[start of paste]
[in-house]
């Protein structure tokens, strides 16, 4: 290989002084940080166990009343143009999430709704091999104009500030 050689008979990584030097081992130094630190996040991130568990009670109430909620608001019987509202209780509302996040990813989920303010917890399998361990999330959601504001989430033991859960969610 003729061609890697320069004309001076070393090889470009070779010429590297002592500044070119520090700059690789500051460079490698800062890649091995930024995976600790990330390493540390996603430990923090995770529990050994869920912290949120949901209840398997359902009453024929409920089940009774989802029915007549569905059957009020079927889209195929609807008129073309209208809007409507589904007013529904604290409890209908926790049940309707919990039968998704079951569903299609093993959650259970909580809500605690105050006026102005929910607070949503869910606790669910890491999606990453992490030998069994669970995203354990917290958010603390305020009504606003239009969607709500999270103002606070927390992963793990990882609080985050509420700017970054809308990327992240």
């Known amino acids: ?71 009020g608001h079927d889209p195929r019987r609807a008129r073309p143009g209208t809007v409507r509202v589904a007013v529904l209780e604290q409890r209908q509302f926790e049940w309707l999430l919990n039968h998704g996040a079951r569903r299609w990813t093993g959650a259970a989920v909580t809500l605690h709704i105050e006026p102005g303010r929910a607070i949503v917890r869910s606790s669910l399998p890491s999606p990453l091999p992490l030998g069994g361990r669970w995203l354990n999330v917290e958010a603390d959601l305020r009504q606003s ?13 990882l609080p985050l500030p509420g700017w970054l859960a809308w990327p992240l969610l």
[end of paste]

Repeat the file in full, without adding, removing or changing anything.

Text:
[in-house]
């Protein structure tokens, strides 16, 4: 290989002084940080166990009343143009999430709704091999104009500030 050689008979990584030097081992130094630190996040991130568990009670109430909620608001019987509202209780509302996040990813989920303010917890399998361990999330959601504001989430033991859960969610 003729061609890697320069004309001076070393090889470009070779010429590297002592500044070119520090700059690789500051460079490698800062890649091995930024995976600790990330390493540390996603430990923090995770529990050994869920912290949120949901209840398997359902009453024929409920089940009774989802029915007549569905059957009020079927889209195929609807008129073309209208809007409507589904007013529904604290409890209908926790049940309707919990039968998704079951569903299609093993959650259970909580809500605690105050006026102005929910607070949503869910606790669910890491999606990453992490030998069994669970995203354990917290958010603390305020009504606003239009969607709500999270103002606070927390992963793990990882609080985050509420700017970054809308990327992240």
């Known amino acids: ?71 009020g608001h079927d889209p195929r019987r609807a008129r073309p143009g209208t809007v409507r509202v589904a007013v529904l209780e604290q409890r209908q509302f926790e049940w309707l999430l919990n039968h998704g996040a079951r569903r299609w990813t093993g959650a259970a989920v909580t809500l605690h709704i105050e006026p102005g303010r929910a607070i949503v917890r869910s606790s669910l399998p890491s999606p990453l091999p992490l030998g069994g361990r669970w995203l354990n999330v917290e958010a603390d959601l305020r009504q606003s ?13 990882l609080p985050l500030p509420g700017w970054l859960a809308w990327p992240l969610l």